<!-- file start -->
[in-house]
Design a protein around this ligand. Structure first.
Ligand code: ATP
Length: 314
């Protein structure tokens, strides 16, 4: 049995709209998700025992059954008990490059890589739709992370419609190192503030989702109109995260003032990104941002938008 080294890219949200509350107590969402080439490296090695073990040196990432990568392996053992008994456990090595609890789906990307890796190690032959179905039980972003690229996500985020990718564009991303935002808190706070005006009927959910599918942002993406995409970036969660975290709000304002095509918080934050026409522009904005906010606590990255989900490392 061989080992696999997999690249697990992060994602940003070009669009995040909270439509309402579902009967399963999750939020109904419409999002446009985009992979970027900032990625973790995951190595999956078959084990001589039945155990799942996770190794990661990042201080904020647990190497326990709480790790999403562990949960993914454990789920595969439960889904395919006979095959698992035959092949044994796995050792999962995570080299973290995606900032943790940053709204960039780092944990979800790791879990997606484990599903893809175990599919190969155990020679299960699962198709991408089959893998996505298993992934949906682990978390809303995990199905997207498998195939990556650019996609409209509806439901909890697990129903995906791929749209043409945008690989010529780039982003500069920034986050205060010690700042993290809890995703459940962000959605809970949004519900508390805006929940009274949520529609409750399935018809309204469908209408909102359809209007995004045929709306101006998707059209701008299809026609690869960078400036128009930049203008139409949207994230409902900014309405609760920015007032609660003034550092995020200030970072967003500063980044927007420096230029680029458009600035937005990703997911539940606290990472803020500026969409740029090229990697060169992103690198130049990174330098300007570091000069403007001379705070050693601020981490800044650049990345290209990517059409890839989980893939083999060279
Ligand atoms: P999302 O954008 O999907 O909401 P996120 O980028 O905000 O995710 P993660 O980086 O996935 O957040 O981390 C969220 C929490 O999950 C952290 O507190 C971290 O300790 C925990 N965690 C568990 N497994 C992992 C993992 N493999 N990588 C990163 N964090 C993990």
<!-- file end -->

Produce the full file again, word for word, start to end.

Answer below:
[in-house]
Design a protein around this ligand. Structure first.
Ligand code: ATP
Length: 314
């Protein structure tokens, strides 16, 4: 049995709209998700025992059954008990490059890589739709992370419609190192503030989702109109995260003032990104941002938008 080294890219949200509350107590969402080439490296090695073990040196990432990568392996053992008994456990090595609890789906990307890796190690032959179905039980972003690229996500985020990718564009991303935002808190706070005006009927959910599918942002993406995409970036969660975290709000304002095509918080934050026409522009904005906010606590990255989900490392 061989080992696999997999690249697990992060994602940003070009669009995040909270439509309402579902009967399963999750939020109904419409999002446009985009992979970027900032990625973790995951190595999956078959084990001589039945155990799942996770190794990661990042201080904020647990190497326990709480790790999403562990949960993914454990789920595969439960889904395919006979095959698992035959092949044994796995050792999962995570080299973290995606900032943790940053709204960039780092944990979800790791879990997606484990599903893809175990599919190969155990020679299960699962198709991408089959893998996505298993992934949906682990978390809303995990199905997207498998195939990556650019996609409209509806439901909890697990129903995906791929749209043409945008690989010529780039982003500069920034986050205060010690700042993290809890995703459940962000959605809970949004519900508390805006929940009274949520529609409750399935018809309204469908209408909102359809209007995004045929709306101006998707059209701008299809026609690869960078400036128009930049203008139409949207994230409902900014309405609760920015007032609660003034550092995020200030970072967003500063980044927007420096230029680029458009600035937005990703997911539940606290990472803020500026969409740029090229990697060169992103690198130049990174330098300007570091000069403007001379705070050693601020981490800044650049990345290209990517059409890839989980893939083999060279
Ligand atoms: P999302 O954008 O999907 O909401 P996120 O980028 O905000 O995710 P993660 O980086 O996935 O957040 O981390 C969220 C929490 O999950 C952290 O507190 C971290 O300790 C925990 N965690 C568990 N497994 C992992 C993992 N493999 N990588 C990163 N964090 C993990």